National Parks Will Soon Be BYOB
The Interior Department has announced a goal to eliminate single-use plastic products in national parks and public lands over the next 10 years.
Last week the US Department of the Interior announced a goal of phasing out single-use products and plastic water bottles at national parks and other public lands over the next decade. Plastics make up a large portion of the 80,000 tons of municipal solid waste generated on interior-managed lands. The CEO of the Plastics Industry Association called the announcement “disappointing″ and counterproductive. He urged the department to improve recycling infrastructure in parks as “a better approach to sustainability.″
Nationally, less than 10% of the plastic that has ever been produced has been recycled, and recycling rates have been fairly steady for the past 10 years. The US Environmental Protection Agency estimates that about 18.5% of all municipal waste sent to US landfills in 2018 was in the form of plastics. The only category larger is food waste, which made up a little over 24% of landfill waste. The amount of plastic sent to our landfills each year has grown tremendously over the past 40 years:
Single-use products are a good example of consumption activities that generate a negative externality. The use of these products creates a benefit for the individual using them, but those consumers don’t have an incentive to take into account the cost imposed on others. Plastic bottles aren’t the only target of the new announcement. The Order also directs the Department to identify replacements for other single-use plastic products like polystyrene food and beverage containers, bottles, straws, cups, cutlery, and disposable plastic bags.
If you show up at Yellowstone without your reusable water bottle, a quick stop at the gift shop can provide some hydration benefits in exchange for a few dollars. Once you’re done with that plastic bottle, however, it will generate some external costs once it’s time to throw it away. That cost isn’t generally factored into the price of the bottle except for a few states with bottle deposit laws.
You may not see the issue since you are part of the relatively small share of Americans who drop their plastic bottle in the recycling bin. Unfortunately, even those you think you’re recycling, there’s a chance that bag full of bottles will still end up in the landfill anyway if it’s too contaminated. Hopefully, you’re not one of those park visitors that just tosses their bottles inside the park or into the river.
An outright ban on selling single-use products won’t eliminate plastics from entering the park, but it will greatly reduce the amount thrown away. An alternative policy would allow parks to continue selling single-use products, but apply a tax on each item sold so that consumers would be forced to internalize the cost of plastic waste on society.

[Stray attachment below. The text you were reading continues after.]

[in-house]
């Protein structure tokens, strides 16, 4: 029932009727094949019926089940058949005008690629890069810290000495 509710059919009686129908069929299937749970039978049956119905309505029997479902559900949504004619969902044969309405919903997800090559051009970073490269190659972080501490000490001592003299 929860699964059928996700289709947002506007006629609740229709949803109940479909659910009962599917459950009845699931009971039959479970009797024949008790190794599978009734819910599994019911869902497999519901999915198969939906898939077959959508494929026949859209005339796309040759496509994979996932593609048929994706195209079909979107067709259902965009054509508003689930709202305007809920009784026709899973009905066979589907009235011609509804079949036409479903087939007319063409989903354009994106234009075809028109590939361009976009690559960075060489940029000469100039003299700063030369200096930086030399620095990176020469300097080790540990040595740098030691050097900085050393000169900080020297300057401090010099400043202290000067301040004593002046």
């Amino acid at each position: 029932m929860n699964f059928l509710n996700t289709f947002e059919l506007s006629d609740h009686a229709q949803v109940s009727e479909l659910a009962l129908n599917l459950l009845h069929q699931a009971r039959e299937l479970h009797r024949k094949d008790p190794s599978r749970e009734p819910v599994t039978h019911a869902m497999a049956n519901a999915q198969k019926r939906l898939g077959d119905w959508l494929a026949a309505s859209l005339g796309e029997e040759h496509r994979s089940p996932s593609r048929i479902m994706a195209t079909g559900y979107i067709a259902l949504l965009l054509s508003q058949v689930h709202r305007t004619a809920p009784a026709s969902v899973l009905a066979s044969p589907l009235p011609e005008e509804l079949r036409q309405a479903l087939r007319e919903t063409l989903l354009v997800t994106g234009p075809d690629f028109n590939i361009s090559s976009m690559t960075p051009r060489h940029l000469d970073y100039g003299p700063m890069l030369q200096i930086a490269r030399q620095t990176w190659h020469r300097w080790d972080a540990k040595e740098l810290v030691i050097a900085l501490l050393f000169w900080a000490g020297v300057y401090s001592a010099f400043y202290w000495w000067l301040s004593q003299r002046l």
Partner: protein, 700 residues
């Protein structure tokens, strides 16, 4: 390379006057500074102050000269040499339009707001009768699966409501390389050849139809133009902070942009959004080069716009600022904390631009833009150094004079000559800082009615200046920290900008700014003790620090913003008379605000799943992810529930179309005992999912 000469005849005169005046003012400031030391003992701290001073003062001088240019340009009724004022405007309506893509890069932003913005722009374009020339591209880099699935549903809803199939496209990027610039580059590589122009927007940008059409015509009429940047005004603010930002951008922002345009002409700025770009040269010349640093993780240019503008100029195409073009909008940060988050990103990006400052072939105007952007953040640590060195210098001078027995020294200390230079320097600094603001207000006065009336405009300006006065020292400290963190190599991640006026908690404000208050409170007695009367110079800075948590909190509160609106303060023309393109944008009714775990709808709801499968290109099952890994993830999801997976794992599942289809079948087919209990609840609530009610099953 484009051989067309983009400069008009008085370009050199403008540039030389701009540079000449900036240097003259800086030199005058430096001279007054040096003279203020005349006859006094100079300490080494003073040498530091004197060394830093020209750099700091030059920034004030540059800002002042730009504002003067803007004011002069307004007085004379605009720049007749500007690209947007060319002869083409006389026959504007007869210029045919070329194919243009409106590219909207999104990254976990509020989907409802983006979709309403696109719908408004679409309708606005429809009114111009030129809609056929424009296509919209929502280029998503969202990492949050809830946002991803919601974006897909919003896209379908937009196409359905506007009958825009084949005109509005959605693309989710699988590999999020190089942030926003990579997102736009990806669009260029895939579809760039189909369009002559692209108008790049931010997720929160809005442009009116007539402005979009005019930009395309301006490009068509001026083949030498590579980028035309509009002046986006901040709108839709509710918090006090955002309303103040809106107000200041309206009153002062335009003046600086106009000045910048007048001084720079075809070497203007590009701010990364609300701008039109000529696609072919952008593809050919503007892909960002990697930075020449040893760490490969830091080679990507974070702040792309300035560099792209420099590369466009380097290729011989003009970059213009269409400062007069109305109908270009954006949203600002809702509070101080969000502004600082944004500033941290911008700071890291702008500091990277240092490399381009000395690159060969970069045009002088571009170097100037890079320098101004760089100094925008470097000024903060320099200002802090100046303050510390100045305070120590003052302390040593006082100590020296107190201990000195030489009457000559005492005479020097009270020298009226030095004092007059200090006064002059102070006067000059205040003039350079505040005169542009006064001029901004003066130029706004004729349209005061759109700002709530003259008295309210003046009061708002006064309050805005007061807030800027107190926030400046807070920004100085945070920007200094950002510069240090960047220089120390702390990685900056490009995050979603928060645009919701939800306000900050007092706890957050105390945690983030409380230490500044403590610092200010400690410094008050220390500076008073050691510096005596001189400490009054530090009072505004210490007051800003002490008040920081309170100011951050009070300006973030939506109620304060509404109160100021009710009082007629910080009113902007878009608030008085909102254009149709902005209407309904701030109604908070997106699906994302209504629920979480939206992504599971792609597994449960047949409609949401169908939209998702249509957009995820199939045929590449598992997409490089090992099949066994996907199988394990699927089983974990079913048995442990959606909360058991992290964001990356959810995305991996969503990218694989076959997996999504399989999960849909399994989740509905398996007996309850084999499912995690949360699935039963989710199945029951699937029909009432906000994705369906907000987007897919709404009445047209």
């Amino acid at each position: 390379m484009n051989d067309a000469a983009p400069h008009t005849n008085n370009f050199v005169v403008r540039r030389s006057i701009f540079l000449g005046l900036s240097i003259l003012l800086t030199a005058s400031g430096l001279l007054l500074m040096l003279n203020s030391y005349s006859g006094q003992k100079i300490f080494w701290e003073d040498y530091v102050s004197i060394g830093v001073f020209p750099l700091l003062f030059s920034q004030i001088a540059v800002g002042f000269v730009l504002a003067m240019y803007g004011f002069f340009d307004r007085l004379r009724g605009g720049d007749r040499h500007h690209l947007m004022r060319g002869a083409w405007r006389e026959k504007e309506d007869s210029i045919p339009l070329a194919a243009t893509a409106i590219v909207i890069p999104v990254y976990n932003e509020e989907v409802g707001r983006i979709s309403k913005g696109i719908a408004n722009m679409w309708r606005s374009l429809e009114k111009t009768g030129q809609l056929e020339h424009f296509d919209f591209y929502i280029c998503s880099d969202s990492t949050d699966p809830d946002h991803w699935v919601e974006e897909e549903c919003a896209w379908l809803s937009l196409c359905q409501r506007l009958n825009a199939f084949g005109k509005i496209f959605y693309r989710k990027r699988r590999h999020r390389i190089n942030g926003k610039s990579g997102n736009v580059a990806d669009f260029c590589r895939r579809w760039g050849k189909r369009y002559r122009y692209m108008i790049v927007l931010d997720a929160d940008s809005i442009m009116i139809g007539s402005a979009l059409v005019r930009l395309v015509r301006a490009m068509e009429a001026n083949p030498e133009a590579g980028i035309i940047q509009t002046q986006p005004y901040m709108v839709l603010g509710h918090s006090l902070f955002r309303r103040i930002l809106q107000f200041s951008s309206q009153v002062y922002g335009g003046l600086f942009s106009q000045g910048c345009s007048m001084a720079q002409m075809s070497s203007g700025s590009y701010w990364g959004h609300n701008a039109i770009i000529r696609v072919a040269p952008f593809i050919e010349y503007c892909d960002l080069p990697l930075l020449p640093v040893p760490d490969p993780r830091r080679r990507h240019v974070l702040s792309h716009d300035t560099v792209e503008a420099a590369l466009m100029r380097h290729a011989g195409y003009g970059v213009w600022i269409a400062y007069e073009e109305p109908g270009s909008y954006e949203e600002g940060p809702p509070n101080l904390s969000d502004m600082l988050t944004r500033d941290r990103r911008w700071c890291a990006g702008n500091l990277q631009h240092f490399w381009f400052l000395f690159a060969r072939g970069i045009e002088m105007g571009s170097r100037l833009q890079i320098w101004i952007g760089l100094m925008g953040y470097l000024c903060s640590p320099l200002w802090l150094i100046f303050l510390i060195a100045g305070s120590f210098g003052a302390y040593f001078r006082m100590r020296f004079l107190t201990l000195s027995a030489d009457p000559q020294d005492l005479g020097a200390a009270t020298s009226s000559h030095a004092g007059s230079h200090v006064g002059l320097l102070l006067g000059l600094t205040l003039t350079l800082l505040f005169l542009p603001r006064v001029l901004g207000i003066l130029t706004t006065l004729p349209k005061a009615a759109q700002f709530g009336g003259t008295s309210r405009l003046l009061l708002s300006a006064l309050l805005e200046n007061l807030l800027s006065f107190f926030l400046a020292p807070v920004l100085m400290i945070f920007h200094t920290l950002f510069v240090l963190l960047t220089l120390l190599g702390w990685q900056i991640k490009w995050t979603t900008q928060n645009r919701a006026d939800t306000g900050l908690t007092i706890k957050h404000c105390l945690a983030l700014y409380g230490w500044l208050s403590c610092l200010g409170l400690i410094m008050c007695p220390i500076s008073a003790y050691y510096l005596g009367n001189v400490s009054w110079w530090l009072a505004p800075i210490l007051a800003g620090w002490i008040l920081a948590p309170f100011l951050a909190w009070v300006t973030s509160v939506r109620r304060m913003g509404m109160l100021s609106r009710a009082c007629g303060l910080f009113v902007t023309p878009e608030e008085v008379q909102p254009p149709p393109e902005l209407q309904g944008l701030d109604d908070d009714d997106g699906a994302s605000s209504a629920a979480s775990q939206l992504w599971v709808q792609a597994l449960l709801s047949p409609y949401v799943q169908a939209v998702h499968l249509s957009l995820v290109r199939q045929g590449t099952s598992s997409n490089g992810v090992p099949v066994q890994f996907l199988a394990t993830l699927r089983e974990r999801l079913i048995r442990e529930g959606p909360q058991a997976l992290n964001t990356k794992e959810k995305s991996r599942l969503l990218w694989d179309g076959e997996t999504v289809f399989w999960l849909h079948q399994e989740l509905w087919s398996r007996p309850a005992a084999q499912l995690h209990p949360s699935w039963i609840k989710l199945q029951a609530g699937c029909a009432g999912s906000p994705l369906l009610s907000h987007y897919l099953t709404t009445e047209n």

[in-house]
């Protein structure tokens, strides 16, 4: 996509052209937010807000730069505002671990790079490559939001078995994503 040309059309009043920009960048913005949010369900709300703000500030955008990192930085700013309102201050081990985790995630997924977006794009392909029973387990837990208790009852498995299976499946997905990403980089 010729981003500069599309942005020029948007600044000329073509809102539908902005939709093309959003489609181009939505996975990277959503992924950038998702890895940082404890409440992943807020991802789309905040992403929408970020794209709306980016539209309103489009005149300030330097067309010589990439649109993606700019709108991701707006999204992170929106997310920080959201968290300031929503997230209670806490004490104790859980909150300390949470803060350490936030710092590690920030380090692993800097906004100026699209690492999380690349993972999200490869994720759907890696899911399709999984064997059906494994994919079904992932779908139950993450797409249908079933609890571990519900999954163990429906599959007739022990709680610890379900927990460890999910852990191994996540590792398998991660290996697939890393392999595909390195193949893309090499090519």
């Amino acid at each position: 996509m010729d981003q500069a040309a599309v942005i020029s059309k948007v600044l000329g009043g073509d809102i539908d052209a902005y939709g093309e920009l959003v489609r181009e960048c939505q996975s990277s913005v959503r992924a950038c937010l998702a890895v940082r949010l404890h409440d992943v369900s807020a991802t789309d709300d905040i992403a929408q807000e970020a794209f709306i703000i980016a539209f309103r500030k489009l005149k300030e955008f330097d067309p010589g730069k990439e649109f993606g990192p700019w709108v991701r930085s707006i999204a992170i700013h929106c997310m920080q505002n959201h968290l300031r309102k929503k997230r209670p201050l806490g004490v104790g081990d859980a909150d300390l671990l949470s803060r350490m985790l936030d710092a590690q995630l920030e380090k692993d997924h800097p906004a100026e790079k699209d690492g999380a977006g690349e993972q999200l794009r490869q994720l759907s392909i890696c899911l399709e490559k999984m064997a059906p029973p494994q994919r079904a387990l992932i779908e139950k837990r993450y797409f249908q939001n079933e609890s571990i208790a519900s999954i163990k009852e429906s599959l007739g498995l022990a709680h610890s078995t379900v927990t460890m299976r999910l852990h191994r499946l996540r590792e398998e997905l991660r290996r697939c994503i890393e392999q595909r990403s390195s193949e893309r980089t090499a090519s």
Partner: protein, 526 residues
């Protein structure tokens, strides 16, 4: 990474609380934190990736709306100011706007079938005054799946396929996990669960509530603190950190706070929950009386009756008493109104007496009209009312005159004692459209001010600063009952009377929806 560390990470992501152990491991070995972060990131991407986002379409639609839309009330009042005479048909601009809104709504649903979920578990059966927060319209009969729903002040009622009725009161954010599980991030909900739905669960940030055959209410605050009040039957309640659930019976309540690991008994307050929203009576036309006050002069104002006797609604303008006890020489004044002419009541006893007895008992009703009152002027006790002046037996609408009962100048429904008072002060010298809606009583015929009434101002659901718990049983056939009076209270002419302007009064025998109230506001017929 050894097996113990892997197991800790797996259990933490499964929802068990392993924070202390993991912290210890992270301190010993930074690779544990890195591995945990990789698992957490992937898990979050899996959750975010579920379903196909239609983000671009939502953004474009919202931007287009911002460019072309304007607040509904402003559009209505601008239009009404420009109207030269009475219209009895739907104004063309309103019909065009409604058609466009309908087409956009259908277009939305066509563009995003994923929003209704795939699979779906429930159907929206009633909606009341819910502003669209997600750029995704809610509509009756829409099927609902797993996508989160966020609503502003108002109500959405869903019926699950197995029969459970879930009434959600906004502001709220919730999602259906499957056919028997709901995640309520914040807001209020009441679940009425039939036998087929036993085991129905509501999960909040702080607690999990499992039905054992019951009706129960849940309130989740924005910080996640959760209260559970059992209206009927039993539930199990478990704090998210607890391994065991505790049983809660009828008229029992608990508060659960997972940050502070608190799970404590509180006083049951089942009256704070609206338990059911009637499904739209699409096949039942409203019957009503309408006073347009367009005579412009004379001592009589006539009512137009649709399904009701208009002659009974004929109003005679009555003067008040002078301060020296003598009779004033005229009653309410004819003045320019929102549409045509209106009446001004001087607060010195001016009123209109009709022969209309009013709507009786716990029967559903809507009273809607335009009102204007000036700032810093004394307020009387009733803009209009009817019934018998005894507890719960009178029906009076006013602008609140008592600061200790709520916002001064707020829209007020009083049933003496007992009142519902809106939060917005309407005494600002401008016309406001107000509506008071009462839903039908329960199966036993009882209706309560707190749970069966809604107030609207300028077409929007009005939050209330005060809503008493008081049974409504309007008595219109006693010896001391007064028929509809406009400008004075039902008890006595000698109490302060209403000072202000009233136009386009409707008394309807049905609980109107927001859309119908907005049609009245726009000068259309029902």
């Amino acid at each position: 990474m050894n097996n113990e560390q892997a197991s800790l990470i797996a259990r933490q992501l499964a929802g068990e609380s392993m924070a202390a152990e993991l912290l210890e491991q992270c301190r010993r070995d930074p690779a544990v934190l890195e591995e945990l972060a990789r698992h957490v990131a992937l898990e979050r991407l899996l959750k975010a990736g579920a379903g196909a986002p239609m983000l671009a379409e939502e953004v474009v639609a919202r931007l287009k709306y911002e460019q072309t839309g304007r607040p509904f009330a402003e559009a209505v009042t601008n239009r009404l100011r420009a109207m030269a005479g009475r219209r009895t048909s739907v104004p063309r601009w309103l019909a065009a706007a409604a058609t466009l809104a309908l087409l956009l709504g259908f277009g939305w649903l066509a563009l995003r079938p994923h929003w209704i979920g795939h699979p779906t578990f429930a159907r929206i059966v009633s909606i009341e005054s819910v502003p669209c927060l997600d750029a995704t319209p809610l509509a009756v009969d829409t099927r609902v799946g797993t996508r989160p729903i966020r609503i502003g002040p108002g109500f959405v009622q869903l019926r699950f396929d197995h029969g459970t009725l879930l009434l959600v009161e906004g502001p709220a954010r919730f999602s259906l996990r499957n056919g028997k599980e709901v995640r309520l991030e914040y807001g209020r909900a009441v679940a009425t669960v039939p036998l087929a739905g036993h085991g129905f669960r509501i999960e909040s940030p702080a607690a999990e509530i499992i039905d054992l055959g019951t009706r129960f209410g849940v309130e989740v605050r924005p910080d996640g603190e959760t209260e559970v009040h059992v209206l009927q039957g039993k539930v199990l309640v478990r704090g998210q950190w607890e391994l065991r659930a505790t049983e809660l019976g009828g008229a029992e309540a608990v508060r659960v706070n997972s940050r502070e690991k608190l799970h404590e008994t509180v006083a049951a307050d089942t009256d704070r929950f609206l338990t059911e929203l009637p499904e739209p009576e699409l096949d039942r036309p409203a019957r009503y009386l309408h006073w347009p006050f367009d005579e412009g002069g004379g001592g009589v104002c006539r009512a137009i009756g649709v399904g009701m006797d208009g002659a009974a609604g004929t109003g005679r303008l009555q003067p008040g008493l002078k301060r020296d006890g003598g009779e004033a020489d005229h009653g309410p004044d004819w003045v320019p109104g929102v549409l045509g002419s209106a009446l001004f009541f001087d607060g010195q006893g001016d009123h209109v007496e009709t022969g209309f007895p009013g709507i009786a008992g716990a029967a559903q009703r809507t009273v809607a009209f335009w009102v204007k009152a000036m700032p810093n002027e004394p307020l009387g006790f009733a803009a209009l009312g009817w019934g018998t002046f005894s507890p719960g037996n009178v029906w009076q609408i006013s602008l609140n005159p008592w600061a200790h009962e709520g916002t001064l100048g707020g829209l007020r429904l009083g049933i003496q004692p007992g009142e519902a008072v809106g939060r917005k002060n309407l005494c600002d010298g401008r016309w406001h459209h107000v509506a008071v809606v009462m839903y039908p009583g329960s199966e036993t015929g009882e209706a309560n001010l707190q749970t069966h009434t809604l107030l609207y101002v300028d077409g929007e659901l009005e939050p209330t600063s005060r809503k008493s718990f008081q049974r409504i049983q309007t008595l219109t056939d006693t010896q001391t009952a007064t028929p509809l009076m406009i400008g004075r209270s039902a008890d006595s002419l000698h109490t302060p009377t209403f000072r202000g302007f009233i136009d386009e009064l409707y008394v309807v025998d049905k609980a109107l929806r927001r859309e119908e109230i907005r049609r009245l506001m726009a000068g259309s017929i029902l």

America’s Plastic Makers are (unsurprisingly) not a fan of a plastics excise tax. Excise taxes increase the final price of the product, which reduces the amount people consume. That’s the goal of the policymaker, but companies that specialize in the production of plastic products would likely see a drop in profits, which is bad for business. These companies, along with the CEO of the Plastics Industry Association mentioned earlier, would prefer that policies focus on improving recycling rates. Increasing recycling means that they can continue to sell plastic-based products and shift the blame/responsibility onto consumers. Thankfully, Adam Ruins Everything had a nice segment on the hypocrisy around shifting the litter blame to the consumers:
While zero plastic waste may be possible throughout our park system, it’s not a realistic policy at a national level. This is often a point of contention with people who don’t want to recognize the tradeoffs associated with such a policy. The amount of financial resources needed to reduce plastic use to zero would be cost-prohibitive and take away funds from other important goals as well. It is important to reduce consumption when it generates external costs, but only to the point where the social costs are being incorporated into the price consumers pay.
The Department of the Interior is responsible for approximately 2/3rds of the estimated 640 million acres of federal land [Department of the Interior]
82% of American voters support ending the sale of single-use plastics in national parks [Oceana]
Plastic makes up 80% of all marine debris found from surface waters to deep-sea sediments [Department of the Interior]
The recycling rate for plastic (PET) bottles was 26.6% in the U.S., down 28.9% in 2018 [NAPCOR]